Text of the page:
sophie didn't do anything at all.

Wednesday, 11 September 2013

book / review / The Fault in our Stars - John Green

Spoiler alert. 

Well not really, I'm going to do my best not to give too much away.

As promised in my video - found here - I have written my review of the book. See I told you!

I was nervous when starting this book. It had been so hyped by so many people that it had a lot to live up to. Oh and I hate crying over books.

Past page 229 I was a bit emotional - but not the bawling wreck I had expected to be. Choked up yes, especially in those last few pages and that one line that really hurts midway through (challenge you to find it!) but it was nowhere near the level I reached after reading Before I die (Jenny Downham) - which coincidentally is another cancer book.

The story is told from the perspective of Hazel, who has stage 4 thyroid cancer and discusses her dying as one would talk about lunch. John Green disposes of eloquent language and the beauty of the book is in its simplicity. He feeds you just enough information to let your imagination take over and the character journey is thoroughly convincing, if not frustratingly short.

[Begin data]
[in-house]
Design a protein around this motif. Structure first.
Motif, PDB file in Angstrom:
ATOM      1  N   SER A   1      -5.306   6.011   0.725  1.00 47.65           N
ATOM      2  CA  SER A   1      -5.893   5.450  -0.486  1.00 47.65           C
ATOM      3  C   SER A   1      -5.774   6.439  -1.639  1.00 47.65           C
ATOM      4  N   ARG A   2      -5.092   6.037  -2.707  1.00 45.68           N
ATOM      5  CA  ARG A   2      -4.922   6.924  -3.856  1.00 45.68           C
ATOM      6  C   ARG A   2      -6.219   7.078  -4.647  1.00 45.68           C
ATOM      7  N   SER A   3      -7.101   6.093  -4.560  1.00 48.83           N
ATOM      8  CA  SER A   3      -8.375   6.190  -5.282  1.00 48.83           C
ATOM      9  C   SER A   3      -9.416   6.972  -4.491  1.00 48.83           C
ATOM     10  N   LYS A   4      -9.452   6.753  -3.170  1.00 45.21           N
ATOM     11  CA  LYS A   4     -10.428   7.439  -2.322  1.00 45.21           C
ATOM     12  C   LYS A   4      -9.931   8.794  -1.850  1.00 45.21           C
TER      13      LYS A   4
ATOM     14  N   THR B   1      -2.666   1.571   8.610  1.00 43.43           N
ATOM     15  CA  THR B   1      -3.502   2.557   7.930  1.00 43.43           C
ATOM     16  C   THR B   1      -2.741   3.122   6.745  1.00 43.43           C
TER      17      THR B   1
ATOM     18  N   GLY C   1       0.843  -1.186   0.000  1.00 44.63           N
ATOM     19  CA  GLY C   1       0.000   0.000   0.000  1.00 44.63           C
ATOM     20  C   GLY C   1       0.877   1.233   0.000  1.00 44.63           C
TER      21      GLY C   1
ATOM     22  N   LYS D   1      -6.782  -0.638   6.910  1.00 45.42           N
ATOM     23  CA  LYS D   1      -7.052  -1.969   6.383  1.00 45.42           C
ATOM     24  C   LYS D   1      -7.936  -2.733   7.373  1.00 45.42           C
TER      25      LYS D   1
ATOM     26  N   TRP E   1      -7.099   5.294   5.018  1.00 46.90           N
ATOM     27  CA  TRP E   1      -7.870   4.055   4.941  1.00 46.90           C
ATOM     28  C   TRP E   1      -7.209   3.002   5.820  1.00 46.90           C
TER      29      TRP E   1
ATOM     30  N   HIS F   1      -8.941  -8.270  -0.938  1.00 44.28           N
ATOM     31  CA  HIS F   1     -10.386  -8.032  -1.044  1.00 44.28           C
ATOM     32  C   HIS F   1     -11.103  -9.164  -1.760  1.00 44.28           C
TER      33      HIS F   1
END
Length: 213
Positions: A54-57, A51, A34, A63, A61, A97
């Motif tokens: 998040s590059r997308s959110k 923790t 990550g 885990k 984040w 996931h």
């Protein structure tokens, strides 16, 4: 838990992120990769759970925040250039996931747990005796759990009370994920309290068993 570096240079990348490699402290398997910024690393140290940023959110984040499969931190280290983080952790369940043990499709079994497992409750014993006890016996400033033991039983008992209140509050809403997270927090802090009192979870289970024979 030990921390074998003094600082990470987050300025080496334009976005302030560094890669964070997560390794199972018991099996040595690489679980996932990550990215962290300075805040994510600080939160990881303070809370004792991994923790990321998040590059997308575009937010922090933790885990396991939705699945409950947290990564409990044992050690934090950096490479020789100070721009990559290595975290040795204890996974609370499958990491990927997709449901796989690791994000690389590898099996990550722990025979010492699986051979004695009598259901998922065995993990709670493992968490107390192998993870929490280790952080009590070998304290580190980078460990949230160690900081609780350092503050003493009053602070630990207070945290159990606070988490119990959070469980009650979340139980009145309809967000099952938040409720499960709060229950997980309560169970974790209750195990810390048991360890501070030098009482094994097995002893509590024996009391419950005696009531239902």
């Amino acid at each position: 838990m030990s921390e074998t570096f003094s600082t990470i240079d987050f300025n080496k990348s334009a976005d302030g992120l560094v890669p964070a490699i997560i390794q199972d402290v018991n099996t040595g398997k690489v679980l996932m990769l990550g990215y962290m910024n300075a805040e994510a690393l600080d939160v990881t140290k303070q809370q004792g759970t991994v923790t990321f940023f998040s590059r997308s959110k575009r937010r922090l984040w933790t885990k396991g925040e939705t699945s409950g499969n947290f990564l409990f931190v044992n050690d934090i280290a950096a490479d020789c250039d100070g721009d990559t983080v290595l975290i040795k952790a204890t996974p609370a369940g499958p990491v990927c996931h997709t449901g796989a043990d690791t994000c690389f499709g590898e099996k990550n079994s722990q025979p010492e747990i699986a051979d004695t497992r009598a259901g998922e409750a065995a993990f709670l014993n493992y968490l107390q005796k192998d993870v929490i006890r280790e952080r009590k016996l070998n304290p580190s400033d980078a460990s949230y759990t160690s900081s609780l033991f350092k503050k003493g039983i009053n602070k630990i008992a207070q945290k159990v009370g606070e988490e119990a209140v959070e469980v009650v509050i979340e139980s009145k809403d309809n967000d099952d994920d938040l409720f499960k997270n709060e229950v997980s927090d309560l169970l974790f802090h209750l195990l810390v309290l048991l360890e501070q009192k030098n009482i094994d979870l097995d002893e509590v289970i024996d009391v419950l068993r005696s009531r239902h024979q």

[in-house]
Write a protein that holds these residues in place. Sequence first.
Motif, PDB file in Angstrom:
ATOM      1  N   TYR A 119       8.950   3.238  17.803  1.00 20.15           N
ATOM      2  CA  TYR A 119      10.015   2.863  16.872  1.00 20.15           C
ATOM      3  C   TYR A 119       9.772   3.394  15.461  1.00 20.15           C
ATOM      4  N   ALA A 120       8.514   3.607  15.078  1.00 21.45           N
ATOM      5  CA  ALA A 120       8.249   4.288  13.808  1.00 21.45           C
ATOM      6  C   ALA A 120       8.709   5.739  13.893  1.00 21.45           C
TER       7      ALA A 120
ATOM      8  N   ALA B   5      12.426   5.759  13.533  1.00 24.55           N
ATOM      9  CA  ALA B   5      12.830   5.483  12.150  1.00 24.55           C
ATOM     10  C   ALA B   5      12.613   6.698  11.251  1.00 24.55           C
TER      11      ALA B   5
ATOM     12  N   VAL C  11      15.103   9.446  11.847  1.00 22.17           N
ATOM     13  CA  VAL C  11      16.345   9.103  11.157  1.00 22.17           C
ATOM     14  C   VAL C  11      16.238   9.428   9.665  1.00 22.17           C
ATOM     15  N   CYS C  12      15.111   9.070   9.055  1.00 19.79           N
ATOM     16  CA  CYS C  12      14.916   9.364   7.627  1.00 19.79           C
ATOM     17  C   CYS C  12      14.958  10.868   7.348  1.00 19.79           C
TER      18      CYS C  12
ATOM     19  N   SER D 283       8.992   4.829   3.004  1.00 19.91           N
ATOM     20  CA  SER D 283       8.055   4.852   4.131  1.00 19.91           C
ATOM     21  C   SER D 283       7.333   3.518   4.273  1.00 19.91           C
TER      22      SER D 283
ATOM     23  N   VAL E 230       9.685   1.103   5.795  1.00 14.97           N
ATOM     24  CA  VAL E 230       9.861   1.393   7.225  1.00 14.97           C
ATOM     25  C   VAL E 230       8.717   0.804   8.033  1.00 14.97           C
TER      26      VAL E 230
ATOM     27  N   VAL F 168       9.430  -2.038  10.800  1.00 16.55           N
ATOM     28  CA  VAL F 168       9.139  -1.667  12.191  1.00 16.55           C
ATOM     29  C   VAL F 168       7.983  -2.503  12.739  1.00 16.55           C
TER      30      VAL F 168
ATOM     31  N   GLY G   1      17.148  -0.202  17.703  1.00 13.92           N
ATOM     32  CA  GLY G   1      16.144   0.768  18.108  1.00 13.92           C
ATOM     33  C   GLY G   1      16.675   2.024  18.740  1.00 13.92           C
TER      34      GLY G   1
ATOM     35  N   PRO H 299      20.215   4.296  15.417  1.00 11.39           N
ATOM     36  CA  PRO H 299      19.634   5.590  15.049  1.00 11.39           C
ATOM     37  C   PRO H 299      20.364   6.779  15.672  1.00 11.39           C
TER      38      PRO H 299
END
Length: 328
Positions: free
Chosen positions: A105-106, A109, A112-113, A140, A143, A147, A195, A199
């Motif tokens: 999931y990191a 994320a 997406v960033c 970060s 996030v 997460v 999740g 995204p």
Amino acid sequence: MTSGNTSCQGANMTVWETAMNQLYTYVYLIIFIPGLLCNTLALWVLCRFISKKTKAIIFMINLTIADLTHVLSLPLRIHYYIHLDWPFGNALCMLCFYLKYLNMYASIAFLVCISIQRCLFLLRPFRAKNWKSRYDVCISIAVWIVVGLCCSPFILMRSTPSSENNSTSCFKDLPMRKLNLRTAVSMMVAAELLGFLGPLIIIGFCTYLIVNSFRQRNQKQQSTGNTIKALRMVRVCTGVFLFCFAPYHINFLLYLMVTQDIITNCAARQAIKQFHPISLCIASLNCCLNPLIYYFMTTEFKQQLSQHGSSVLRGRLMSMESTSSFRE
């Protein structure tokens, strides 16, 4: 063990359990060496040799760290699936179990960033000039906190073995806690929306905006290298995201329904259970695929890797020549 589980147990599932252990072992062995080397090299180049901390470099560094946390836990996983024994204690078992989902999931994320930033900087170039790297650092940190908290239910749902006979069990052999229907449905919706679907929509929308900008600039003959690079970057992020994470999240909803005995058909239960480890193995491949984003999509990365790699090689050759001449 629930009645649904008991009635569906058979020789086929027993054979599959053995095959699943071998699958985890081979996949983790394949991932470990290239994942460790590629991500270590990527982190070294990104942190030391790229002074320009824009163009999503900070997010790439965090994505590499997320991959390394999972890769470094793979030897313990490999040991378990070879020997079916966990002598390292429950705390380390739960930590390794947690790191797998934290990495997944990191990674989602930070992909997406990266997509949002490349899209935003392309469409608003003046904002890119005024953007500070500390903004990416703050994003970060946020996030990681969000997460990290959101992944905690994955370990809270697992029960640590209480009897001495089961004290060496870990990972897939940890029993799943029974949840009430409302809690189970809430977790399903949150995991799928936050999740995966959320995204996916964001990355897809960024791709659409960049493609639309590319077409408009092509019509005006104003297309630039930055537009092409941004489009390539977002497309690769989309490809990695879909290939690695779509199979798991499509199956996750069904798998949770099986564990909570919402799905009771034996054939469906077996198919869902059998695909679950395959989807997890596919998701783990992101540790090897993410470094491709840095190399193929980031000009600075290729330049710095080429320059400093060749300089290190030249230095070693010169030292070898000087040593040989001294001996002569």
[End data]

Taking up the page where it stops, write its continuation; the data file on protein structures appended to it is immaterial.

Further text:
So, Hazel falls in love with a boy whose resilience against their hardship is endearing, and they encourage living in the moment and being yourself. Top bits of advice for the general population. 

I think after finishing the book, I'm actually harder hit than I was whilst reading it, probably because I sat for five hours in the car listening to Adele and thinking...

Okay. I have to voice my slight reservation about the story, and I hate doing that to books. If you're one of those individuals who hates cancers books, this is no exception. Despite being described as 'just a book about people who happen to have cancer', in all seriousness it is about cancer. Unavoidably. That actually goes without saying as the whole shabang begins at a support group meeting. And I have a feeling they wouldn't have been there without the whole dying situation going on, and by proxy the journey they went on just wouldn't have happened. And that's actually kind of sad. So I guess that it being a cancer book isn't a bad thing, but

I'm going to describe this as an easy read - purely because I completed it in under a day despite being over 300 pages long. That doesn't make it emotionally easy. It's powerful and leaves you a little bit like it ended in the middle of

Oh I did.

Now you have to read it.


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